When I asked Walsh, Herbalife’s president, about member expenses, he was even more evasive than he had been in response to David Einhorn two years ago. He talked about which shakes he drinks (cookies ’n cream at breakfast, mint chocolate at lunch), how much he weighs, and what his marathon times have been. But here is what he said about expenses: “We don’t have visibility, but for a substantial part of our distributors there are only nominal expenses. These are independent businesspeople; their expenses are proprietary to them. We don’t have access to that information.”

The murkiest part of Herbalife’s distribution system, which accounts for much of the company’s growth, is the nutrition club. John DeSimone, the CFO, praised the clubs and told me he wished people would pay more attention to their advantages: “The clubs benefit the community. It’s a weight-loss regimen tied to a social dynamic.” Attendance can be expensive, but for some people, the psychological benefits of the meetings might make the cost worthwhile.

Ackman isn’t persuaded. He says, “Nutrition clubs are simply a recruiting venue for Herbalife to reach low-income distributors.” Pershing Square officials have also criticized nutrition clubs outside the United States, where Herbalife has reported substantial increases in sales. Last year, Herbalife members in Venezuela confronted currency restrictions and severe economic turmoil, yet Herbalife, citing the growth of nutrition clubs, reported that its sales in Venezuela shot up 87.6 percent. Some information suggests that in Mexico, the company’s second-biggest market—with an estimated 40,000 nutrition clubs—Herbalife accounts might have been used by drug leaders to launder money. (An Herbalife spokesman told me that in 2013 the company’s board of directors responded to allegations about money laundering in Mexico by hiring a third-party investigator, who found no support for the claims.)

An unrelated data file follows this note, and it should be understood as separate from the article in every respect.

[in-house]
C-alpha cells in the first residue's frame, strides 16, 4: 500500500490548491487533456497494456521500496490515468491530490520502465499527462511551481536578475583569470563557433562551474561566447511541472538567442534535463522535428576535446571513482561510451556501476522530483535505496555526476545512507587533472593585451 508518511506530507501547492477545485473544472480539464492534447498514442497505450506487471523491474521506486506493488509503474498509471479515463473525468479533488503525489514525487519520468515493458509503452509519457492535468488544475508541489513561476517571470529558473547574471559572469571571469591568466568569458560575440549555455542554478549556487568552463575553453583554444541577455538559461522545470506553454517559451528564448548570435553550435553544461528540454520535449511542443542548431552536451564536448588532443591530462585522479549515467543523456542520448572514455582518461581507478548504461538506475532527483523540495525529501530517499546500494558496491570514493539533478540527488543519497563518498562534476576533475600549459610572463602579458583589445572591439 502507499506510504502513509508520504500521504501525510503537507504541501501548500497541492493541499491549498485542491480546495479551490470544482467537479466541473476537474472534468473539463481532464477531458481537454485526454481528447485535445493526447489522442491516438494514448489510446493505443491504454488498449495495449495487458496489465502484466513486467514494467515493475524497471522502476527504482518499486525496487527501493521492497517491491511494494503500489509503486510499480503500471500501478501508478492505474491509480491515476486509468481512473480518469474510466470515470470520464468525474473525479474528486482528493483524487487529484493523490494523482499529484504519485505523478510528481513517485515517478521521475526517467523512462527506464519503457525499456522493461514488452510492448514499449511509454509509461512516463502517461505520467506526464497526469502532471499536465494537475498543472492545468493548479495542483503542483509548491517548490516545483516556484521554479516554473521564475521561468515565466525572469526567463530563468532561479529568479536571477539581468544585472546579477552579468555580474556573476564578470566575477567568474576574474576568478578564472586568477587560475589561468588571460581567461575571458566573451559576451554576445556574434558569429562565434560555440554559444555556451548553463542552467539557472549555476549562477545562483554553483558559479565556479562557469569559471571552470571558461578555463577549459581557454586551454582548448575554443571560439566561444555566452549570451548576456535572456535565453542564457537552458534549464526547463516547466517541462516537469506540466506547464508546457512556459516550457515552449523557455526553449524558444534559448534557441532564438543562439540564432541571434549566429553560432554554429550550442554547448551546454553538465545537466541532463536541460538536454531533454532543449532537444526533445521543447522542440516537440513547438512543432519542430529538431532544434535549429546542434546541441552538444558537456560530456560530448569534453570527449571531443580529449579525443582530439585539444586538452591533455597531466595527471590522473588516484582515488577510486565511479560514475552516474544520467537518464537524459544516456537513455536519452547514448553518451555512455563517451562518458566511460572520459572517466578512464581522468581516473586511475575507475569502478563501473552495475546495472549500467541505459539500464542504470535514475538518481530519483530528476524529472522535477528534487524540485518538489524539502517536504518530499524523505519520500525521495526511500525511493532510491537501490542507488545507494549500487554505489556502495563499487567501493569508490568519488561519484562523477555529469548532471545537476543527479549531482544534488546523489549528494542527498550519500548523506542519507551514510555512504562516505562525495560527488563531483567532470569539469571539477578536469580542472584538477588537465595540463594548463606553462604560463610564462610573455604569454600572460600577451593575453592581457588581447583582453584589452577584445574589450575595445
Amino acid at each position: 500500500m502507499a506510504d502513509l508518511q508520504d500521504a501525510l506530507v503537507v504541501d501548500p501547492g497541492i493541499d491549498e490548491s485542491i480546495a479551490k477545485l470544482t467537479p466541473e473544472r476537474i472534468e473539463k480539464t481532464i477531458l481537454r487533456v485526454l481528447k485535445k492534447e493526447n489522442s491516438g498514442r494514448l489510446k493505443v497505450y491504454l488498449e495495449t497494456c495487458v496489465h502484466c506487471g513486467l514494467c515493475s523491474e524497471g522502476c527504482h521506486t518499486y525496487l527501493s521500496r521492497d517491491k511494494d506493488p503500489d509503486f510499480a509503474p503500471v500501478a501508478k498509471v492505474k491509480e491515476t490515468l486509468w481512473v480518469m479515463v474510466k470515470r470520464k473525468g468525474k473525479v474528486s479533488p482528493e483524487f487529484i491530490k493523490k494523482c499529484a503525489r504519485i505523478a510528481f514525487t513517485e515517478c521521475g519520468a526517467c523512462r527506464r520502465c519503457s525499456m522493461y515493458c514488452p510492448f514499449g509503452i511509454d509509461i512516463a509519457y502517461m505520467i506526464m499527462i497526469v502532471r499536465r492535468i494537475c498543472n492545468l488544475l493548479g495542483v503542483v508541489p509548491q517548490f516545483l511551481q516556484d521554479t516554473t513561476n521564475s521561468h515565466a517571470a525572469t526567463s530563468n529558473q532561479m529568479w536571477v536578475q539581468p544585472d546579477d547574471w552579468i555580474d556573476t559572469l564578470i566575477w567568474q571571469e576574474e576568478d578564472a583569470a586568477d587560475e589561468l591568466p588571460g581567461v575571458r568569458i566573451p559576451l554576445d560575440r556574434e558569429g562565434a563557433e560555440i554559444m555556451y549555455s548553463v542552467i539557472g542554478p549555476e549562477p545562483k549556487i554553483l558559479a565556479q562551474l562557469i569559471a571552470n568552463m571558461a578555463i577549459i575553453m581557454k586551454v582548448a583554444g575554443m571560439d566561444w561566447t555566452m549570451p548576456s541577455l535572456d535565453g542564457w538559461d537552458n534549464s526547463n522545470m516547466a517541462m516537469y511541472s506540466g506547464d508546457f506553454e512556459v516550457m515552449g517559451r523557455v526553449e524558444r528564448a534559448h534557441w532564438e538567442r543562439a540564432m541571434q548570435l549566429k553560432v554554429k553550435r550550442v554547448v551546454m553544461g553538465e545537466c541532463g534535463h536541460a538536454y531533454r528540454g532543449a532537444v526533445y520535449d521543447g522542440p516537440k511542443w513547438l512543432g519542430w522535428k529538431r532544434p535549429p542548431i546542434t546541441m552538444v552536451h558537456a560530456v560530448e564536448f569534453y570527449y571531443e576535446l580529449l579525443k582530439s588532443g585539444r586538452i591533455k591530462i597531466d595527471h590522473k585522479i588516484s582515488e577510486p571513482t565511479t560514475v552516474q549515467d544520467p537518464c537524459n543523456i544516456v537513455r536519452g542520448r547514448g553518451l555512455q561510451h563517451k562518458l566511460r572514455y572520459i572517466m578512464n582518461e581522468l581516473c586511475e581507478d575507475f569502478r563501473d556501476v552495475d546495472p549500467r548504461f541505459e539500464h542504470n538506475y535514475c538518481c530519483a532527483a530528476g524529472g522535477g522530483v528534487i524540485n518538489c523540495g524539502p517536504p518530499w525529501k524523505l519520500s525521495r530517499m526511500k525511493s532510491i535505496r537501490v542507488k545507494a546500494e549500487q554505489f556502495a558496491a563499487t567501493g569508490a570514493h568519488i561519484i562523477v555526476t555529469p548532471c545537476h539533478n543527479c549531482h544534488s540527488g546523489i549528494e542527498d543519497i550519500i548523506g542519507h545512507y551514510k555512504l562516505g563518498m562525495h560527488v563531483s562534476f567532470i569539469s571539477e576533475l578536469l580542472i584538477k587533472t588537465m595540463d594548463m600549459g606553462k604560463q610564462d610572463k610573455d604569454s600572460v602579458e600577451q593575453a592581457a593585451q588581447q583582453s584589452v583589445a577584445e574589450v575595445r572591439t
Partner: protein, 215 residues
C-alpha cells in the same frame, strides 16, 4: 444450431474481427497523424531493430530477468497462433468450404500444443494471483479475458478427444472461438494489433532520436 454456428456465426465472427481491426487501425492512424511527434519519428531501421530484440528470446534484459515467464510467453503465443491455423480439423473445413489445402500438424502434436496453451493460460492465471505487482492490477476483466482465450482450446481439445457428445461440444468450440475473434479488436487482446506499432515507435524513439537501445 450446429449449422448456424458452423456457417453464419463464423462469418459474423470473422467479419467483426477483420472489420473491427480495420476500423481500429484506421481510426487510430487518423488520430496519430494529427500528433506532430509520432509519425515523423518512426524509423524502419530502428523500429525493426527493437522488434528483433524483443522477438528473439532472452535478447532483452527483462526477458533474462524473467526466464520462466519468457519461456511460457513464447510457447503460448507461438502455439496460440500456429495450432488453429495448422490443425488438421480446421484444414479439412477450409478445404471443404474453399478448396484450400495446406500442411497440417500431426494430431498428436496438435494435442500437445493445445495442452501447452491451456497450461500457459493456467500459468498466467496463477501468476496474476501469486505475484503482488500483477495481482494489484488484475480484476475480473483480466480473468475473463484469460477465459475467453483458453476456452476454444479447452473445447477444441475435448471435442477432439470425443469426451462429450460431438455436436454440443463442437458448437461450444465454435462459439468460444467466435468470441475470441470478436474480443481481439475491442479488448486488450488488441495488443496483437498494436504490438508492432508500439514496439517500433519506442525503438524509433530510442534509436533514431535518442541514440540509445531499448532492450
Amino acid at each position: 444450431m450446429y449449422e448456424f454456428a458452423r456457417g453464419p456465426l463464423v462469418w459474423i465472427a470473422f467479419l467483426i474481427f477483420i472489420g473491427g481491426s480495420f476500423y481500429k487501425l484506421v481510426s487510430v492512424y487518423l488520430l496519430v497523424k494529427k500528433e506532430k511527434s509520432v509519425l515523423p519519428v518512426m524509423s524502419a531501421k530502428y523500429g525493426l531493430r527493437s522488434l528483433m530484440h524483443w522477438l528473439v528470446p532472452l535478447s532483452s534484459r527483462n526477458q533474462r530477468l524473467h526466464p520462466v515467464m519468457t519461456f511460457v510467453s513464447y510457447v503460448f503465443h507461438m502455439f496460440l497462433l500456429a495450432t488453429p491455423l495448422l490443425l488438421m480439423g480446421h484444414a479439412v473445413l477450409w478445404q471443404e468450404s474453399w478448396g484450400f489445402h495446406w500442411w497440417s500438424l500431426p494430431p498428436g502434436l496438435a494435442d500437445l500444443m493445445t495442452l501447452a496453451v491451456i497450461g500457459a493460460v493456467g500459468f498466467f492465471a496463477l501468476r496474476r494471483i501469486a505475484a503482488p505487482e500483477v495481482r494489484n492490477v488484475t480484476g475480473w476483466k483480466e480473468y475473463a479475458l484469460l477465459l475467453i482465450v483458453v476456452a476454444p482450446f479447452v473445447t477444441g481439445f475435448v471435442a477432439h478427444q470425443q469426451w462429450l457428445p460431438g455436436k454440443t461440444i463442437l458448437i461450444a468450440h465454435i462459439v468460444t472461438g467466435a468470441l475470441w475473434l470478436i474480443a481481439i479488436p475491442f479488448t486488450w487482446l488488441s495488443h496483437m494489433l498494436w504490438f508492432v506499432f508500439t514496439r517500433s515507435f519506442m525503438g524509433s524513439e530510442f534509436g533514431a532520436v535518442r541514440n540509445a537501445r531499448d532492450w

Herbalife discloses little detail about its operations in Venezuela, Mexico, or elsewhere. In its financial filings, Herbalife warns that it gives “no assurance that our members will … comply with our member policies and procedures.” Company officials say they audit about 2 percent of Herbalife’s retail sales, focusing on what they call “high-risk transactions.” They could collect details about members’ expenses, as well as records of every sale, purchase price, name, and address. Currently, they do not.

The Herbalife saga illustrates another cognitive weakness: the bias against short sellers. People like Ackman who bet against companies have long been vilified because they seem to be trying to do harm. Yet short sellers play an important role in the markets. They can afford due diligence that regulators often cannot. Research suggests that short sellers help make markets fairer and more efficient by identifying fraud and introducing information that corporate executives otherwise would not disclose. If Pershing Square did not have a concentrated financial incentive to investigate Herbalife, we would know a lot less about the company today.

DeSimone, Herbalife’s CFO, told me he doesn’t oppose short sellers generally, but he thinks Ackman has gone too far. Des Walsh says Ackman has waged “an orchestrated campaign to demonstrate misinformation and lobby at all levels to present a biased and non-fact-based theory about a legitimate 34-year-old company. We believe this is fundamentally wrong.”

Certainly Pershing Square should not be permitted to violate lobbying or political-contribution rules, just as short sellers should not be allowed to sabotage a company’s products to drive down the stock. But Ackman has not been accused of breaking the law, and says Herbalife has outspent his fund eight to one on lobbying.

The Supreme Court’s decisions in Citizens United and subsequent rulings permit corporations to spend vast resources trying to influence the political process. If corporations can exercise such free-speech rights, why is it “fundamentally wrong” for the people who short corporations’ shares to do the same?